Navy's SDT Ship Using Alternative Fuels
U.S. Navy's Self Defense Test Ship successfully transits on alternative fuel blend.
The U.S. Navy successfully has concluded its largest demonstration of shipboard alternative fuel use with the successful arrival of the Self Defense Test Ship (SDTS) to Naval Surface Warfare Center Port Hueneme. The SDTS is a decommissioned Spruance-class destroyer ex-Paul F. Foster (EDD 964) reconfigured to provide the Navy an at-sea, remotely controlled, engineering test and evaluation platform without the risk to personnel or operational assets. The ship received approximately 20,000 gallons of a 50-50 blend of an algae-derived, hydro-processed algal oil and petroleum F-76 from the Defense Fuel Supply Point at Naval Base Point Loma, Nov. 16.
"How can we have an impact?" asked Assistant Secretary of the Navy (Energy, Installations and Environment) Jackalyne Pfannenstiel at the demonstration's kick-off. "We can have an impact as a technology leader, highlighting and demonstrating the viability of biofuels as we are here today. This demo, the largest to date, is a major milestone for us. More than 50 percent of our fuel goes to maritime use. When this ship arrives in Port Hueneme, we will be a giant step closer to powering our Great Green Fleet and demonstrating progress toward a sustainable energy future."
Shortly after Pfannenstiel's remarks, the ship began its 17-hour transit back to Naval Surface Warfare Center Port Hueneme using the 50-50 blend. While EDD 964 has four LM 2500 main propulsion gas turbines and four 501-K17 ship service gas turbine generators, the ship only operated on one LM 2500 and two 501-K17s during the demonstration, so 100 percent of ship's propulsion power and 50 percent of service power came from the algal oil/F-76 fuel blend.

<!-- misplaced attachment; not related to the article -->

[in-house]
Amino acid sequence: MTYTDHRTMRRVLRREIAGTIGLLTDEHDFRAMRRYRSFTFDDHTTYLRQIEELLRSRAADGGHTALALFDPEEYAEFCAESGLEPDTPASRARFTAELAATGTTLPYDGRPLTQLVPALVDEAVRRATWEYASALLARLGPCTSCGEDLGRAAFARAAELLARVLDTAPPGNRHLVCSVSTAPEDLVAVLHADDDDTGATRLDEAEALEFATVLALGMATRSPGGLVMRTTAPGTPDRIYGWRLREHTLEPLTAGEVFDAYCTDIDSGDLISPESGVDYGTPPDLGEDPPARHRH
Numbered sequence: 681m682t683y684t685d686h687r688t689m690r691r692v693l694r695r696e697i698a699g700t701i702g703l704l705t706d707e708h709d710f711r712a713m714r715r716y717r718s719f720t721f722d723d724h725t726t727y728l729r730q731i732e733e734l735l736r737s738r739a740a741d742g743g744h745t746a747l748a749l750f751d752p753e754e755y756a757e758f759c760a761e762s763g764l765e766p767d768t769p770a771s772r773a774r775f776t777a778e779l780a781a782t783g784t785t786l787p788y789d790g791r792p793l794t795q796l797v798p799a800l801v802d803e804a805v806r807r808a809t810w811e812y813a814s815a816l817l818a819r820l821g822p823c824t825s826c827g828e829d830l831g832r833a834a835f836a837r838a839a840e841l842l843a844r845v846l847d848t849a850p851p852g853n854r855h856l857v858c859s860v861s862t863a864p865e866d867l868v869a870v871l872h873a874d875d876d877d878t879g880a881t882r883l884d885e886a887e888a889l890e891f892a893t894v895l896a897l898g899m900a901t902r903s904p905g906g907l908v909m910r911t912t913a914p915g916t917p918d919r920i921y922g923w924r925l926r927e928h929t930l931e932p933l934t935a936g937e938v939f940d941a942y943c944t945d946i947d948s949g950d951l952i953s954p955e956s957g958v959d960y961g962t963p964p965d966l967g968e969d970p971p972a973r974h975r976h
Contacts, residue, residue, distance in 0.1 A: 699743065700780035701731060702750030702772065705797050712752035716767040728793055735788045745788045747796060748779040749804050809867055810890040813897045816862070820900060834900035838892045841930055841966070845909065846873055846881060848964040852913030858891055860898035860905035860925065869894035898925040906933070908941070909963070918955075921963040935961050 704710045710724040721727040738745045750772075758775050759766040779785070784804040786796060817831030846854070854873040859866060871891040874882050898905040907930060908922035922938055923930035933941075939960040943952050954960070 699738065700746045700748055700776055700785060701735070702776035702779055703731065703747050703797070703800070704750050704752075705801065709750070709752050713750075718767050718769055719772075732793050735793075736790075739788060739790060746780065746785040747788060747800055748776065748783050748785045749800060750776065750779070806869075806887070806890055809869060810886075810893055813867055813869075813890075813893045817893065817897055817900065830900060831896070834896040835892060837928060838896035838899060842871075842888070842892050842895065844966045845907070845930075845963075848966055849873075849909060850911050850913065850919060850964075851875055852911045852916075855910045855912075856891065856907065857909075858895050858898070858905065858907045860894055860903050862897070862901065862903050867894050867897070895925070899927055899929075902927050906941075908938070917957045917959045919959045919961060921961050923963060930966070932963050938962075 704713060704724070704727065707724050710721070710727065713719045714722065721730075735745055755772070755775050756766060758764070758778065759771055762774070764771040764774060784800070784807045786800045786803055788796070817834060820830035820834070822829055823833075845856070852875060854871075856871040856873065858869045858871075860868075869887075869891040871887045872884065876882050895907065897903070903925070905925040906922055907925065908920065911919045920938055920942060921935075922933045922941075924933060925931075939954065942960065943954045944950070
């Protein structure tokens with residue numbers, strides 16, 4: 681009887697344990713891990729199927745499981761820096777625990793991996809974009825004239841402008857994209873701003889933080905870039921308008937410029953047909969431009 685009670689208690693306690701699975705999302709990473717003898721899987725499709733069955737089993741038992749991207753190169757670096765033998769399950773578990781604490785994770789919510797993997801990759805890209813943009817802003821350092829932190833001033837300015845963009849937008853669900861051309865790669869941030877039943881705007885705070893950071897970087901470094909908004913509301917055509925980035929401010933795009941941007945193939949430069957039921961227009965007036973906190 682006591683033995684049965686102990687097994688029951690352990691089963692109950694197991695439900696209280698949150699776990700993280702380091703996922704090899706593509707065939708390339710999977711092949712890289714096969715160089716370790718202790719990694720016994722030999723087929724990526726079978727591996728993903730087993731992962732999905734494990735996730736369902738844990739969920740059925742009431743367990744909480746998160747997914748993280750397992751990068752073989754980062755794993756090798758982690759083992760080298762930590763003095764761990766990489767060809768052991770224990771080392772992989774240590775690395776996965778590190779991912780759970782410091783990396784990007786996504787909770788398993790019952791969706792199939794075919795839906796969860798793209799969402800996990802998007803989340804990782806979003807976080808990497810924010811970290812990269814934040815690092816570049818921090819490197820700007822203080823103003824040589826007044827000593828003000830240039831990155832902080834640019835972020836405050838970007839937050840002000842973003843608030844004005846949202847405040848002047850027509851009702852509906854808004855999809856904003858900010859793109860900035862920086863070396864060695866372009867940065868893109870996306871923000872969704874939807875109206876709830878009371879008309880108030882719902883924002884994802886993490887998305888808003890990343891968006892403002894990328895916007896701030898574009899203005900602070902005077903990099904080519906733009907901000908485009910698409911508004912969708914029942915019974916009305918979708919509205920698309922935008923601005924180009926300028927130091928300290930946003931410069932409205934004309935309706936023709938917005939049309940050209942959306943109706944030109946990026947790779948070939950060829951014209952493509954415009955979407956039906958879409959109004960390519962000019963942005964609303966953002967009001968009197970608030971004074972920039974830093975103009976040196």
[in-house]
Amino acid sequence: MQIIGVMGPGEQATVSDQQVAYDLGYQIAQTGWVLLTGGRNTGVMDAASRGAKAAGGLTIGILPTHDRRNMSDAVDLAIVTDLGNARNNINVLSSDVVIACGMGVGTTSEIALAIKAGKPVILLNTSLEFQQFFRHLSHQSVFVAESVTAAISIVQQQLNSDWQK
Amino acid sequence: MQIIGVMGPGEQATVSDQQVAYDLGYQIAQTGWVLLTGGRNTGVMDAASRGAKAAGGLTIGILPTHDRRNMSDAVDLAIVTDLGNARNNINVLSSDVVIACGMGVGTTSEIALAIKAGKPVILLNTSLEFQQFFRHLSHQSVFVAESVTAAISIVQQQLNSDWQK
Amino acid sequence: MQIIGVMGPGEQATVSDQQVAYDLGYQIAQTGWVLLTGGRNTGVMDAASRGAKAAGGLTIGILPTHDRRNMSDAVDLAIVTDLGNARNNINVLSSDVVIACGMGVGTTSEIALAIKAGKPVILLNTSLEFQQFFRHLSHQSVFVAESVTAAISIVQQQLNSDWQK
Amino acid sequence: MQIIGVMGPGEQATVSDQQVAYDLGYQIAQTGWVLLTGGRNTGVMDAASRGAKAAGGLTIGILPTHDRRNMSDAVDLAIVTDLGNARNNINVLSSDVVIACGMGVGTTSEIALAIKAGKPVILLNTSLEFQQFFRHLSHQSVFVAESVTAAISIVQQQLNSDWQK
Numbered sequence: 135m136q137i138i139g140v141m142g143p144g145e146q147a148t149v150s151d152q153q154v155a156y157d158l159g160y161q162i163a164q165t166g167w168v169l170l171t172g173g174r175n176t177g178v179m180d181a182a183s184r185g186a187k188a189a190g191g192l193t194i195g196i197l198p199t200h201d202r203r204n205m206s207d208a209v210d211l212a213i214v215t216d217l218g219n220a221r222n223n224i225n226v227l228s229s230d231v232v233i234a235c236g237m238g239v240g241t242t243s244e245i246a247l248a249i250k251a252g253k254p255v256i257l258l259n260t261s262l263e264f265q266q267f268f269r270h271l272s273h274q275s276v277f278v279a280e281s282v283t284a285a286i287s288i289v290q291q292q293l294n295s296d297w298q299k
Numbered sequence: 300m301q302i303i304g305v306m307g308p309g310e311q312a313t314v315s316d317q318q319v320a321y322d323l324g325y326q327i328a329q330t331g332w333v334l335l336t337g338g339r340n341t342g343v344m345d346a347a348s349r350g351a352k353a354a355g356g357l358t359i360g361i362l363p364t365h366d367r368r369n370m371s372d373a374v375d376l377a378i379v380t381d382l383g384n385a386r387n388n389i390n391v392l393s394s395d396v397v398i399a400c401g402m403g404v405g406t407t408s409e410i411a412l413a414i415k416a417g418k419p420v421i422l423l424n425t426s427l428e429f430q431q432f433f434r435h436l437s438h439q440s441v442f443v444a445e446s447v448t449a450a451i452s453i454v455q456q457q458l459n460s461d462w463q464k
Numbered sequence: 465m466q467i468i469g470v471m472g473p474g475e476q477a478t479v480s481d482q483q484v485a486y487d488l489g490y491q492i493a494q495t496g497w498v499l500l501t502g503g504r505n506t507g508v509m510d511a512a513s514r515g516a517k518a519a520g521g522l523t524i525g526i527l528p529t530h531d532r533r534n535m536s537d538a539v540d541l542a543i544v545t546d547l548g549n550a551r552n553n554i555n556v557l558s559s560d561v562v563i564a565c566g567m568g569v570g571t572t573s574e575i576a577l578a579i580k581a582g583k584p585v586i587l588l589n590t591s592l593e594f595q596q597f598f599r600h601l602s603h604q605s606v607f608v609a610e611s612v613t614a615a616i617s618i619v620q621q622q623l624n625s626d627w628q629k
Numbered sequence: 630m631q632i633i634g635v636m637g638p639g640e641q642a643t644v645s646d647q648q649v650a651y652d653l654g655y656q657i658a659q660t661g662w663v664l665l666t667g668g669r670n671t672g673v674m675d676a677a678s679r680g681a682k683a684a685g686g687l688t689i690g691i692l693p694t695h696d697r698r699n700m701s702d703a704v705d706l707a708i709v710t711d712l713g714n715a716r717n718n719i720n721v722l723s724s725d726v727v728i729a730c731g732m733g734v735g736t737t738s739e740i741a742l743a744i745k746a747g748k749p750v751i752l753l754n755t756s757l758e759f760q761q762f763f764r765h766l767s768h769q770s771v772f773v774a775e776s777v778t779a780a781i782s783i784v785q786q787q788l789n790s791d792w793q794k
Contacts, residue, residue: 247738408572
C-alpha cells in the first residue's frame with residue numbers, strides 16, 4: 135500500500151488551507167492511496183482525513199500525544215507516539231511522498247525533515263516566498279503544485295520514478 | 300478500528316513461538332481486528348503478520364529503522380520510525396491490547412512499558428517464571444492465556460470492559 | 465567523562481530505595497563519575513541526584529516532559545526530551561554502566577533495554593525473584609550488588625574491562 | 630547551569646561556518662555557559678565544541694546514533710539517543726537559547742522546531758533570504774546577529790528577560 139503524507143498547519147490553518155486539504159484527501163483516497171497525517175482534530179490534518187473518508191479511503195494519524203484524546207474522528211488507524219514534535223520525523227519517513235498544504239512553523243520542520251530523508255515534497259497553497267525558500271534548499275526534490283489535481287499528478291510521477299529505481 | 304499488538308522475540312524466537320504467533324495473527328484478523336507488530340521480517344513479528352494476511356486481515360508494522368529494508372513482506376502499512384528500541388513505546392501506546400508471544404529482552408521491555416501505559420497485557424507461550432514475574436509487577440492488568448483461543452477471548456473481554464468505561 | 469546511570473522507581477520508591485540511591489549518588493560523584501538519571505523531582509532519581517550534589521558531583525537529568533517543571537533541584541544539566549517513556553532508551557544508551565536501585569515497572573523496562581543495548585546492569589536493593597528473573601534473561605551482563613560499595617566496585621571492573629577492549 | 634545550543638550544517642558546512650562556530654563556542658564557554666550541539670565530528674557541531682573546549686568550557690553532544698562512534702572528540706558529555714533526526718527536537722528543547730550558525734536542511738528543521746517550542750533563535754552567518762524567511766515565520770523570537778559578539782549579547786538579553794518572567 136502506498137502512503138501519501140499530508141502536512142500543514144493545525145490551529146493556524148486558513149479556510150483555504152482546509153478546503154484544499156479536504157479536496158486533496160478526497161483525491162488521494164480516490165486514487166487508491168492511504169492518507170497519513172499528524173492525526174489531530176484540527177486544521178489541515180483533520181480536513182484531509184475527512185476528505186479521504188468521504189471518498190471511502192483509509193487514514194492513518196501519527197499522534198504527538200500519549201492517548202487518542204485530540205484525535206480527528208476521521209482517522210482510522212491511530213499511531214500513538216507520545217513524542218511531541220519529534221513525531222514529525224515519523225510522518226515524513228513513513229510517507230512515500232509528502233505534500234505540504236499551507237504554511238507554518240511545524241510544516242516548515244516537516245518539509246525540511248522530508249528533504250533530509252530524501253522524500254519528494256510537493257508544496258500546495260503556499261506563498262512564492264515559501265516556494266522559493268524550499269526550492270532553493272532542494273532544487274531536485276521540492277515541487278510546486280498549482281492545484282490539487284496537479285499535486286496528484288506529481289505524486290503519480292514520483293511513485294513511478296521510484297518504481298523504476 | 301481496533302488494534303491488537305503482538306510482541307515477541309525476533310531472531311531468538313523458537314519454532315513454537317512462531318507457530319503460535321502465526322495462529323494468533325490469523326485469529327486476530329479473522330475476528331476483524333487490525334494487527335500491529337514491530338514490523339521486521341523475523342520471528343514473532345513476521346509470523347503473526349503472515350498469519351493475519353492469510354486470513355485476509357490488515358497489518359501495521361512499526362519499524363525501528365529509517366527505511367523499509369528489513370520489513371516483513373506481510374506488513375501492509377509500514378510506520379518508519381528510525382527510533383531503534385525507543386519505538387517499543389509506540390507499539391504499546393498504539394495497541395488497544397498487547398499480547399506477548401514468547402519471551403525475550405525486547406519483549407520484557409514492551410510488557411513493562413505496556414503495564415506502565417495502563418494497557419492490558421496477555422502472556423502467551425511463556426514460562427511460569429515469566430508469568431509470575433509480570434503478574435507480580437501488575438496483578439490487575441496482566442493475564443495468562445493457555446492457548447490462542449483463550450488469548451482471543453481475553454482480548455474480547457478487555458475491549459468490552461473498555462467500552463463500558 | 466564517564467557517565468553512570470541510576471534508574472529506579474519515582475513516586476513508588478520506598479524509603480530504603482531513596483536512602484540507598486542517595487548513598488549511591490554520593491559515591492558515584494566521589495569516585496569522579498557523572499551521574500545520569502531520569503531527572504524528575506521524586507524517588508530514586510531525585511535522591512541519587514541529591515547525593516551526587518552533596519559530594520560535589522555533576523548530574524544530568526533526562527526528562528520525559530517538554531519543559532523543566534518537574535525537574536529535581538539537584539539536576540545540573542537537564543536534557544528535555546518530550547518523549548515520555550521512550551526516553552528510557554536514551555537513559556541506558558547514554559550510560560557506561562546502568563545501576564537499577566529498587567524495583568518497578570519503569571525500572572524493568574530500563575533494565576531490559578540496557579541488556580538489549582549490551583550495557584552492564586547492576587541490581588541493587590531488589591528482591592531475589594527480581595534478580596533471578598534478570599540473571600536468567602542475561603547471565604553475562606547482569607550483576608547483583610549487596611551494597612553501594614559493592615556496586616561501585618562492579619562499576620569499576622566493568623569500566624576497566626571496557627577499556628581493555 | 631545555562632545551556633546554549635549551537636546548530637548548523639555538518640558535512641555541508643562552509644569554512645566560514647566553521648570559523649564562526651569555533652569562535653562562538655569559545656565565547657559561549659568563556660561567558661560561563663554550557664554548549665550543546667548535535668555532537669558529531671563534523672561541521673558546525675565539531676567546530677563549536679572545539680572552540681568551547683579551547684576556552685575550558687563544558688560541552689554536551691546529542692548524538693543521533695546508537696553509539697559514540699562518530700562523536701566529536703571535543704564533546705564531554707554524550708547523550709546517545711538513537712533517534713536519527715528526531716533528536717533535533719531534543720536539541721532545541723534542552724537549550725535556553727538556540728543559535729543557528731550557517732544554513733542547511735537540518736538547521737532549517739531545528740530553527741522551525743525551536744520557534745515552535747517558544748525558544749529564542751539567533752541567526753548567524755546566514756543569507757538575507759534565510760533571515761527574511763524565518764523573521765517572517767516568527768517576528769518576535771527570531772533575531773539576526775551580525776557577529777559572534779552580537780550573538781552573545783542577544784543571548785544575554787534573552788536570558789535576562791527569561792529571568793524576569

Meeting the Secretary of the Navy's call for a drop-in fuel replacement, no changes were required to the infrastructure of the ship or fueling pier for the SDTS test. The demonstration also marked the only at-sea operational test of alternative fuels in the LM 2500 - the engine found in most surface combatants - before the Green Strike Group demonstration in 2012. "For the test, a baseline run was made on the ship's transit from Port Hueneme to San Diego using F-76 fuel," said Rick Kamin, Naval Fuels and Lubricants Cross Functional Team lead. "Using the 50-50 blend on the return run to Port Hueneme, the tested engines were assessed on their abilities to perform start sequences as well as motoring and purging operations noted in Engineering Operational Sequencing System procedures. We also collected data on compressor inlet temperature, engine speed, engine start time, fuel manifold pressure, turbine outlet temperature, turbine inlet temperature, ship service gas turbine generators power output, and gas turbine main engine shaft output."
"From our perspective as the ship's operators, there was absolutely no difference, whatsoever, in the operation or performance of the ship," said Naval Surface Warfare Center Port Hueneme Division's Mike Wolfe, underway project officer. "The fuel burned just like the traditional fuel we get from the Navy and have been burning for years. We could not tell the difference. The biggest success is that a Navy ship with engines identical to those in commissioned warships operated successfully on an overnight transit with the alternative fuel without a glitch in anything. Operationally, it was absolutely a success."
The alternative fuels effort supports the Navy's overall energy strategy to increase energy security and safeguard the environment. Recent and upcoming maritime vehicle alternative fuel testing include ongoing Yard Patrol boat demonstration at Naval Academy, Annapolis, Md., and a Landing Craft, Air-Cushioned vessel demonstration scheduled for early December at Naval Surface Warfare Center Panama City, Panama City, Fla.